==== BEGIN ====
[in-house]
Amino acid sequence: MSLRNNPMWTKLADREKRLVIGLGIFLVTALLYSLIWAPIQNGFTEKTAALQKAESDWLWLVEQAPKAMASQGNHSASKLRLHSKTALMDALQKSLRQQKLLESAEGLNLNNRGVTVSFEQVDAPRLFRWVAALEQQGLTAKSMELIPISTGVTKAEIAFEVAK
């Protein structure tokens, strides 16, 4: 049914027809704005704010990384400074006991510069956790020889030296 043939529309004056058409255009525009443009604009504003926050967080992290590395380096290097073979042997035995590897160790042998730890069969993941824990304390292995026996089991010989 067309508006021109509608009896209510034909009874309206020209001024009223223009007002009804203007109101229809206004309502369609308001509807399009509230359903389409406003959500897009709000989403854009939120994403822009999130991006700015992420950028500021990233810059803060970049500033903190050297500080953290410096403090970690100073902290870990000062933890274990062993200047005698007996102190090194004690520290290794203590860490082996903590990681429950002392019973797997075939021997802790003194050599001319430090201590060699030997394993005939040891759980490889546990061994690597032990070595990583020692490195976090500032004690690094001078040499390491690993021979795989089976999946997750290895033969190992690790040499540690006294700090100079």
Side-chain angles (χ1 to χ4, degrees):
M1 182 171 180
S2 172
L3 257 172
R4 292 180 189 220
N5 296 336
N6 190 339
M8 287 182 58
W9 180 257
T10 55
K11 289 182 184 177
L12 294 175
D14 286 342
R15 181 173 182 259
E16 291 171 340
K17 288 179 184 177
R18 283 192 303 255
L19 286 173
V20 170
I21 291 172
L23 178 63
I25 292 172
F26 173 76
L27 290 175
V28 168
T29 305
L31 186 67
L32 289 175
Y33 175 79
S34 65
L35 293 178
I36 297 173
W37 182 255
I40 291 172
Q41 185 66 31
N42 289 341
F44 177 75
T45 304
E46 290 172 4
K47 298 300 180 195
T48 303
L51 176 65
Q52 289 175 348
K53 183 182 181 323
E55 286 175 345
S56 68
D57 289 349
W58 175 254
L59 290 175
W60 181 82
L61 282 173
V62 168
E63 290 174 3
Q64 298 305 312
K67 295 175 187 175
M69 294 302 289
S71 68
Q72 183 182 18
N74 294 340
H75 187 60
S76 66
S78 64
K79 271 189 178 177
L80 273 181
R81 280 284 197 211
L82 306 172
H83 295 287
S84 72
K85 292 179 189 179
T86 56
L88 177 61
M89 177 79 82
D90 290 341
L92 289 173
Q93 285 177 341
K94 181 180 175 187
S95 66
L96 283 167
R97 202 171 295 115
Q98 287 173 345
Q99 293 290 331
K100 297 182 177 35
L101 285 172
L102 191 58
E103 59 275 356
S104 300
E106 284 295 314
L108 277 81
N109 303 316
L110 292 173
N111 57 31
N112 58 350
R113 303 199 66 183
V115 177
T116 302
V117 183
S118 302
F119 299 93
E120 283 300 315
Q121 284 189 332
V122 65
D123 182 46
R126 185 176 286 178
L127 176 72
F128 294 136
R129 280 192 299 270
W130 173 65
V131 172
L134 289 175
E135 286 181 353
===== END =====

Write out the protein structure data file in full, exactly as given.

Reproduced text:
[in-house]
Amino acid sequence: MSLRNNPMWTKLADREKRLVIGLGIFLVTALLYSLIWAPIQNGFTEKTAALQKAESDWLWLVEQAPKAMASQGNHSASKLRLHSKTALMDALQKSLRQQKLLESAEGLNLNNRGVTVSFEQVDAPRLFRWVAALEQQGLTAKSMELIPISTGVTKAEIAFEVAK
């Protein structure tokens, strides 16, 4: 049914027809704005704010990384400074006991510069956790020889030296 043939529309004056058409255009525009443009604009504003926050967080992290590395380096290097073979042997035995590897160790042998730890069969993941824990304390292995026996089991010989 067309508006021109509608009896209510034909009874309206020209001024009223223009007002009804203007109101229809206004309502369609308001509807399009509230359903389409406003959500897009709000989403854009939120994403822009999130991006700015992420950028500021990233810059803060970049500033903190050297500080953290410096403090970690100073902290870990000062933890274990062993200047005698007996102190090194004690520290290794203590860490082996903590990681429950002392019973797997075939021997802790003194050599001319430090201590060699030997394993005939040891759980490889546990061994690597032990070595990583020692490195976090500032004690690094001078040499390491690993021979795989089976999946997750290895033969190992690790040499540690006294700090100079």
Side-chain angles (χ1 to χ4, degrees):
M1 182 171 180
S2 172
L3 257 172
R4 292 180 189 220
N5 296 336
N6 190 339
M8 287 182 58
W9 180 257
T10 55
K11 289 182 184 177
L12 294 175
D14 286 342
R15 181 173 182 259
E16 291 171 340
K17 288 179 184 177
R18 283 192 303 255
L19 286 173
V20 170
I21 291 172
L23 178 63
I25 292 172
F26 173 76
L27 290 175
V28 168
T29 305
L31 186 67
L32 289 175
Y33 175 79
S34 65
L35 293 178
I36 297 173
W37 182 255
I40 291 172
Q41 185 66 31
N42 289 341
F44 177 75
T45 304
E46 290 172 4
K47 298 300 180 195
T48 303
L51 176 65
Q52 289 175 348
K53 183 182 181 323
E55 286 175 345
S56 68
D57 289 349
W58 175 254
L59 290 175
W60 181 82
L61 282 173
V62 168
E63 290 174 3
Q64 298 305 312
K67 295 175 187 175
M69 294 302 289
S71 68
Q72 183 182 18
N74 294 340
H75 187 60
S76 66
S78 64
K79 271 189 178 177
L80 273 181
R81 280 284 197 211
L82 306 172
H83 295 287
S84 72
K85 292 179 189 179
T86 56
L88 177 61
M89 177 79 82
D90 290 341
L92 289 173
Q93 285 177 341
K94 181 180 175 187
S95 66
L96 283 167
R97 202 171 295 115
Q98 287 173 345
Q99 293 290 331
K100 297 182 177 35
L101 285 172
L102 191 58
E103 59 275 356
S104 300
E106 284 295 314
L108 277 81
N109 303 316
L110 292 173
N111 57 31
N112 58 350
R113 303 199 66 183
V115 177
T116 302
V117 183
S118 302
F119 299 93
E120 283 300 315
Q121 284 189 332
V122 65
D123 182 46
R126 185 176 286 178
L127 176 72
F128 294 136
R129 280 192 299 270
W130 173 65
V131 172
L134 289 175
E135 286 181 353